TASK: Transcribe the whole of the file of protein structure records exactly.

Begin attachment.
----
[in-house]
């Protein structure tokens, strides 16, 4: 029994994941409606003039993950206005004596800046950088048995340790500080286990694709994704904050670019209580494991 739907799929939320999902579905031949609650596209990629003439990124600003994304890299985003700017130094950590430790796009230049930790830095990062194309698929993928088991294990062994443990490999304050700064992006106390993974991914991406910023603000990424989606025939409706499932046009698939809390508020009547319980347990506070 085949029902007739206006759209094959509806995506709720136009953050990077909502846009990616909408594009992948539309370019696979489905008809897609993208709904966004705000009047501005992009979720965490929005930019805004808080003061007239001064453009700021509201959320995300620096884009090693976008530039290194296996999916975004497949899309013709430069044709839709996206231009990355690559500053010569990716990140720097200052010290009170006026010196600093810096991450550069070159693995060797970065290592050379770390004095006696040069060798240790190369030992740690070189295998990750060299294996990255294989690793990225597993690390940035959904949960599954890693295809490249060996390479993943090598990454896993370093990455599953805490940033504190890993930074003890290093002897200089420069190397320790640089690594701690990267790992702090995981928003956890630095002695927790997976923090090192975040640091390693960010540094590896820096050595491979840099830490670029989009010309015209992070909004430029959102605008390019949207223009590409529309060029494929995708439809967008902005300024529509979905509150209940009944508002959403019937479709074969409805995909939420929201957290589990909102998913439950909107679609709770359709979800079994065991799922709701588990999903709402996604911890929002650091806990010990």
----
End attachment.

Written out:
[in-house]
């Protein structure tokens, strides 16, 4: 029994994941409606003039993950206005004596800046950088048995340790500080286990694709994704904050670019209580494991 739907799929939320999902579905031949609650596209990629003439990124600003994304890299985003700017130094950590430790796009230049930790830095990062194309698929993928088991294990062994443990490999304050700064992006106390993974991914991406910023603000990424989606025939409706499932046009698939809390508020009547319980347990506070 085949029902007739206006759209094959509806995506709720136009953050990077909502846009990616909408594009992948539309370019696979489905008809897609993208709904966004705000009047501005992009979720965490929005930019805004808080003061007239001064453009700021509201959320995300620096884009090693976008530039290194296996999916975004497949899309013709430069044709839709996206231009990355690559500053010569990716990140720097200052010290009170006026010196600093810096991450550069070159693995060797970065290592050379770390004095006696040069060798240790190369030992740690070189295998990750060299294996990255294989690793990225597993690390940035959904949960599954890693295809490249060996390479993943090598990454896993370093990455599953805490940033504190890993930074003890290093002897200089420069190397320790640089690594701690990267790992702090995981928003956890630095002695927790997976923090090192975040640091390693960010540094590896820096050595491979840099830490670029989009010309015209992070909004430029959102605008390019949207223009590409529309060029494929995708439809967008902005300024529509979905509150209940009944508002959403019937479709074969409805995909939420929201957290589990909102998913439950909107679609709770359709979800079994065991799922709701588990999903709402996604911890929002650091806990010990």